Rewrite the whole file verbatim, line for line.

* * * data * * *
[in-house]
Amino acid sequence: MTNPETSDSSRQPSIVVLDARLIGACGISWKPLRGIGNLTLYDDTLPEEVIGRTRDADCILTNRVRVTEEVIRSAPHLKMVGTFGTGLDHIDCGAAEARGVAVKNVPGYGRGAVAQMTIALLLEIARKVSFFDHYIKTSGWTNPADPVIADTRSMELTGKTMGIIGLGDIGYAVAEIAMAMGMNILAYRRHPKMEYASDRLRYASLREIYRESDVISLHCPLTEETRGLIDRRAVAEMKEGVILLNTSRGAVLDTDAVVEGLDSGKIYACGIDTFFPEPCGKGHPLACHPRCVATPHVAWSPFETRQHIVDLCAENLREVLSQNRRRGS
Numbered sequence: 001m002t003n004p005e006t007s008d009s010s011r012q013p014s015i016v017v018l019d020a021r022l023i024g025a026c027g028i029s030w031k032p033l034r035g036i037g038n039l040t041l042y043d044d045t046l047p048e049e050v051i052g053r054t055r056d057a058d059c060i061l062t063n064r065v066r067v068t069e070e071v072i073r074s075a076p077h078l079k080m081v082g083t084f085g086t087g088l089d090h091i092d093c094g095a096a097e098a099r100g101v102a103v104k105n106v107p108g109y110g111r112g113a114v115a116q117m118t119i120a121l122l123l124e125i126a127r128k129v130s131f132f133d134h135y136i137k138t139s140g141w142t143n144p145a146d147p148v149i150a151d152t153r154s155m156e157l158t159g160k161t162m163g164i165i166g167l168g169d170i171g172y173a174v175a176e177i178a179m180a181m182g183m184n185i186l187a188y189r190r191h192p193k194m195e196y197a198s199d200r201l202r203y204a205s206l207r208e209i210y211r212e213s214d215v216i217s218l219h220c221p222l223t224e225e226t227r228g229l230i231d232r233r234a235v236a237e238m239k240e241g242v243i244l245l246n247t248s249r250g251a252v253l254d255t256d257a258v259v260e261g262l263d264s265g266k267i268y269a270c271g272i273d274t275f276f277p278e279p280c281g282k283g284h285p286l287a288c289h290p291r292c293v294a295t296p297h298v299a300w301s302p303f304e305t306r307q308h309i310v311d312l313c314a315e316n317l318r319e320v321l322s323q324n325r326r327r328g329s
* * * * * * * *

[in-house]
Amino acid sequence: MTNPETSDSSRQPSIVVLDARLIGACGISWKPLRGIGNLTLYDDTLPEEVIGRTRDADCILTNRVRVTEEVIRSAPHLKMVGTFGTGLDHIDCGAAEARGVAVKNVPGYGRGAVAQMTIALLLEIARKVSFFDHYIKTSGWTNPADPVIADTRSMELTGKTMGIIGLGDIGYAVAEIAMAMGMNILAYRRHPKMEYASDRLRYASLREIYRESDVISLHCPLTEETRGLIDRRAVAEMKEGVILLNTSRGAVLDTDAVVEGLDSGKIYACGIDTFFPEPCGKGHPLACHPRCVATPHVAWSPFETRQHIVDLCAENLREVLSQNRRRGS
Numbered sequence: 001m002t003n004p005e006t007s008d009s010s011r012q013p014s015i016v017v018l019d020a021r022l023i024g025a026c027g028i029s030w031k032p033l034r035g036i037g038n039l040t041l042y043d044d045t046l047p048e049e050v051i052g053r054t055r056d057a058d059c060i061l062t063n064r065v066r067v068t069e070e071v072i073r074s075a076p077h078l079k080m081v082g083t084f085g086t087g088l089d090h091i092d093c094g095a096a097e098a099r100g101v102a103v104k105n106v107p108g109y110g111r112g113a114v115a116q117m118t119i120a121l122l123l124e125i126a127r128k129v130s131f132f133d134h135y136i137k138t139s140g141w142t143n144p145a146d147p148v149i150a151d152t153r154s155m156e157l158t159g160k161t162m163g164i165i166g167l168g169d170i171g172y173a174v175a176e177i178a179m180a181m182g183m184n185i186l187a188y189r190r191h192p193k194m195e196y197a198s199d200r201l202r203y204a205s206l207r208e209i210y211r212e213s214d215v216i217s218l219h220c221p222l223t224e225e226t227r228g229l230i231d232r233r234a235v236a237e238m239k240e241g242v243i244l245l246n247t248s249r250g251a252v253l254d255t256d257a258v259v260e261g262l263d264s265g266k267i268y269a270c271g272i273d274t275f276f277p278e279p280c281g282k283g284h285p286l287a288c289h290p291r292c293v294a295t296p297h298v299a300w301s302p303f304e305t306r307q308h309i310v311d312l313c314a315e316n317l318r319e320v321l322s323q324n325r326r327r328g329s